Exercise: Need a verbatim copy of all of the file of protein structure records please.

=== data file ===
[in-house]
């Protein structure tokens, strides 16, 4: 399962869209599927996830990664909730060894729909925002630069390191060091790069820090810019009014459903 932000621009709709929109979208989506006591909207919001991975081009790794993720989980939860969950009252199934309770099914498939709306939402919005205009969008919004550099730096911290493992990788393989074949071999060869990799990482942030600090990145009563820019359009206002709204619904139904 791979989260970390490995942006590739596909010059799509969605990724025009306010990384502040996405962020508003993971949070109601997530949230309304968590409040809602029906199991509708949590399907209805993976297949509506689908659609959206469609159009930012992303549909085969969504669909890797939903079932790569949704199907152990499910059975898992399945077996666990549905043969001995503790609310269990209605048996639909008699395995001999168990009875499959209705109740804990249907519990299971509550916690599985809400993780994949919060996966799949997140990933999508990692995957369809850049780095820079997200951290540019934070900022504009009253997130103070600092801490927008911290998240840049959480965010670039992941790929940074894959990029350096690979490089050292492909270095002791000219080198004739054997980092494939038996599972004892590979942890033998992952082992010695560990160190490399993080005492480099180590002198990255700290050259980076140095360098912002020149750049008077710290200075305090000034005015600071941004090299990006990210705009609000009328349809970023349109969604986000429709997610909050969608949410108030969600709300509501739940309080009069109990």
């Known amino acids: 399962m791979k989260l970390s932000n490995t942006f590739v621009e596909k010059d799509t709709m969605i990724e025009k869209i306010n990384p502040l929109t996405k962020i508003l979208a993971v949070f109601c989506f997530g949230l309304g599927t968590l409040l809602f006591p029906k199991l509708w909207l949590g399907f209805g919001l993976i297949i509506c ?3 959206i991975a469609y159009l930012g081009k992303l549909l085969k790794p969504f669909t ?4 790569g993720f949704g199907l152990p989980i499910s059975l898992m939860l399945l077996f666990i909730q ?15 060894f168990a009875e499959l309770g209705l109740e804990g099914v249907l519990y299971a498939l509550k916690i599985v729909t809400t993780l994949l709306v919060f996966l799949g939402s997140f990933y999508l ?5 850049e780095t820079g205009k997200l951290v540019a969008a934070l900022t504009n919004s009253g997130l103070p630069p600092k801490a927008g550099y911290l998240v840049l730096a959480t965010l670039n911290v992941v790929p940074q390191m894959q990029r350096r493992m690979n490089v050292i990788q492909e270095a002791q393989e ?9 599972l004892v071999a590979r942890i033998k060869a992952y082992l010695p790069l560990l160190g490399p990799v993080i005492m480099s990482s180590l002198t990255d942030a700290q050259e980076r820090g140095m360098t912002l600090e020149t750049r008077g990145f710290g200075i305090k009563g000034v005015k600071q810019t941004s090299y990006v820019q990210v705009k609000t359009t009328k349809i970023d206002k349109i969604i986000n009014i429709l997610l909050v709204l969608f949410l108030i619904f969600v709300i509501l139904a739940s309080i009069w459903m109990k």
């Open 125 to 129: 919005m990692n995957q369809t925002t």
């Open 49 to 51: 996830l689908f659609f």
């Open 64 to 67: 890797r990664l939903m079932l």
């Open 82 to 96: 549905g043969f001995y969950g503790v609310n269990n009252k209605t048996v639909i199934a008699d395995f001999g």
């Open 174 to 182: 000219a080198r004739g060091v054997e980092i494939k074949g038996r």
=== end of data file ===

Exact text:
[in-house]
């Protein structure tokens, strides 16, 4: 399962869209599927996830990664909730060894729909925002630069390191060091790069820090810019009014459903 932000621009709709929109979208989506006591909207919001991975081009790794993720989980939860969950009252199934309770099914498939709306939402919005205009969008919004550099730096911290493992990788393989074949071999060869990799990482942030600090990145009563820019359009206002709204619904139904 791979989260970390490995942006590739596909010059799509969605990724025009306010990384502040996405962020508003993971949070109601997530949230309304968590409040809602029906199991509708949590399907209805993976297949509506689908659609959206469609159009930012992303549909085969969504669909890797939903079932790569949704199907152990499910059975898992399945077996666990549905043969001995503790609310269990209605048996639909008699395995001999168990009875499959209705109740804990249907519990299971509550916690599985809400993780994949919060996966799949997140990933999508990692995957369809850049780095820079997200951290540019934070900022504009009253997130103070600092801490927008911290998240840049959480965010670039992941790929940074894959990029350096690979490089050292492909270095002791000219080198004739054997980092494939038996599972004892590979942890033998992952082992010695560990160190490399993080005492480099180590002198990255700290050259980076140095360098912002020149750049008077710290200075305090000034005015600071941004090299990006990210705009609000009328349809970023349109969604986000429709997610909050969608949410108030969600709300509501739940309080009069109990």
């Known amino acids: 399962m791979k989260l970390s932000n490995t942006f590739v621009e596909k010059d799509t709709m969605i990724e025009k869209i306010n990384p502040l929109t996405k962020i508003l979208a993971v949070f109601c989506f997530g949230l309304g599927t968590l409040l809602f006591p029906k199991l509708w909207l949590g399907f209805g919001l993976i297949i509506c ?3 959206i991975a469609y159009l930012g081009k992303l549909l085969k790794p969504f669909t ?4 790569g993720f949704g199907l152990p989980i499910s059975l898992m939860l399945l077996f666990i909730q ?15 060894f168990a009875e499959l309770g209705l109740e804990g099914v249907l519990y299971a498939l509550k916690i599985v729909t809400t993780l994949l709306v919060f996966l799949g939402s997140f990933y999508l ?5 850049e780095t820079g205009k997200l951290v540019a969008a934070l900022t504009n919004s009253g997130l103070p630069p600092k801490a927008g550099y911290l998240v840049l730096a959480t965010l670039n911290v992941v790929p940074q390191m894959q990029r350096r493992m690979n490089v050292i990788q492909e270095a002791q393989e ?9 599972l004892v071999a590979r942890i033998k060869a992952y082992l010695p790069l560990l160190g490399p990799v993080i005492m480099s990482s180590l002198t990255d942030a700290q050259e980076r820090g140095m360098t912002l600090e020149t750049r008077g990145f710290g200075i305090k009563g000034v005015k600071q810019t941004s090299y990006v820019q990210v705009k609000t359009t009328k349809i970023d206002k349109i969604i986000n009014i429709l997610l909050v709204l969608f949410l108030i619904f969600v709300i509501l139904a739940s309080i009069w459903m109990k």
């Open 125 to 129: 919005m990692n995957q369809t925002t």
């Open 49 to 51: 996830l689908f659609f």
């Open 64 to 67: 890797r990664l939903m079932l």
């Open 82 to 96: 549905g043969f001995y969950g503790v609310n269990n009252k209605t048996v639909i199934a008699d395995f001999g």
């Open 174 to 182: 000219a080198r004739g060091v054997e980092i494939k074949g038996r």